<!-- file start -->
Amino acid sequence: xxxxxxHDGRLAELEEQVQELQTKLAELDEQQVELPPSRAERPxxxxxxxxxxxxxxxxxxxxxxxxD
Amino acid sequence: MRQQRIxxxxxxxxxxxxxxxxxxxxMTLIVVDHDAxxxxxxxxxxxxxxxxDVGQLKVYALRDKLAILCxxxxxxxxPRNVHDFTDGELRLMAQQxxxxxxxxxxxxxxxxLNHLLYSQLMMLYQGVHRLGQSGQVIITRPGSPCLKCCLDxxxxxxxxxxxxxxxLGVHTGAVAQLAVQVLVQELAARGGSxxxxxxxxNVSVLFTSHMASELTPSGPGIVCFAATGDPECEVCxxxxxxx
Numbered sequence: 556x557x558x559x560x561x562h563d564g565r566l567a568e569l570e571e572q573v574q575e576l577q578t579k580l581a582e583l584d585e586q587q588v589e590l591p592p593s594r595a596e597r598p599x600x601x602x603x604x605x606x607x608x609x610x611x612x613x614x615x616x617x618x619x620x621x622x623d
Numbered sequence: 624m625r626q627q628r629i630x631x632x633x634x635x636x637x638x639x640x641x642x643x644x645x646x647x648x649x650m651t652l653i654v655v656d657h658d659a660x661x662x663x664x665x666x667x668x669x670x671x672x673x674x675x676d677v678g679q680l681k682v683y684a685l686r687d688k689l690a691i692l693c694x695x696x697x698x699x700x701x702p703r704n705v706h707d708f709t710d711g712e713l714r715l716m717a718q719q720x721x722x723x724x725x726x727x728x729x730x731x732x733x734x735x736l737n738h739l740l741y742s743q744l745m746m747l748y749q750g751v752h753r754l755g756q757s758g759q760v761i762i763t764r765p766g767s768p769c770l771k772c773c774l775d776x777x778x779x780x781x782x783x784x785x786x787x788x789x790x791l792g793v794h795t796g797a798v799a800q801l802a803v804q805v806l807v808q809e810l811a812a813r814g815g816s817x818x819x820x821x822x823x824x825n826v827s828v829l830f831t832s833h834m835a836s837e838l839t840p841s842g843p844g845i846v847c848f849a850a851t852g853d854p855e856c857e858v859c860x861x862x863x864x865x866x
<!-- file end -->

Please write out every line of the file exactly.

Amino acid sequence: xxxxxxHDGRLAELEEQVQELQTKLAELDEQQVELPPSRAERPxxxxxxxxxxxxxxxxxxxxxxxxD
Amino acid sequence: MRQQRIxxxxxxxxxxxxxxxxxxxxMTLIVVDHDAxxxxxxxxxxxxxxxxDVGQLKVYALRDKLAILCxxxxxxxxPRNVHDFTDGELRLMAQQxxxxxxxxxxxxxxxxLNHLLYSQLMMLYQGVHRLGQSGQVIITRPGSPCLKCCLDxxxxxxxxxxxxxxxLGVHTGAVAQLAVQVLVQELAARGGSxxxxxxxxNVSVLFTSHMASELTPSGPGIVCFAATGDPECEVCxxxxxxx
Numbered sequence: 556x557x558x559x560x561x562h563d564g565r566l567a568e569l570e571e572q573v574q575e576l577q578t579k580l581a582e583l584d585e586q587q588v589e590l591p592p593s594r595a596e597r598p599x600x601x602x603x604x605x606x607x608x609x610x611x612x613x614x615x616x617x618x619x620x621x622x623d
Numbered sequence: 624m625r626q627q628r629i630x631x632x633x634x635x636x637x638x639x640x641x642x643x644x645x646x647x648x649x650m651t652l653i654v655v656d657h658d659a660x661x662x663x664x665x666x667x668x669x670x671x672x673x674x675x676d677v678g679q680l681k682v683y684a685l686r687d688k689l690a691i692l693c694x695x696x697x698x699x700x701x702p703r704n705v706h707d708f709t710d711g712e713l714r715l716m717a718q719q720x721x722x723x724x725x726x727x728x729x730x731x732x733x734x735x736l737n738h739l740l741y742s743q744l745m746m747l748y749q750g751v752h753r754l755g756q757s758g759q760v761i762i763t764r765p766g767s768p769c770l771k772c773c774l775d776x777x778x779x780x781x782x783x784x785x786x787x788x789x790x791l792g793v794h795t796g797a798v799a800q801l802a803v804q805v806l807v808q809e810l811a812a813r814g815g816s817x818x819x820x821x822x823x824x825n826v827s828v829l830f831t832s833h834m835a836s837e838l839t840p841s842g843p844g845i846v847c848f849a850a851t852g853d854p855e856c857e858v859c860x861x862x863x864x865x866x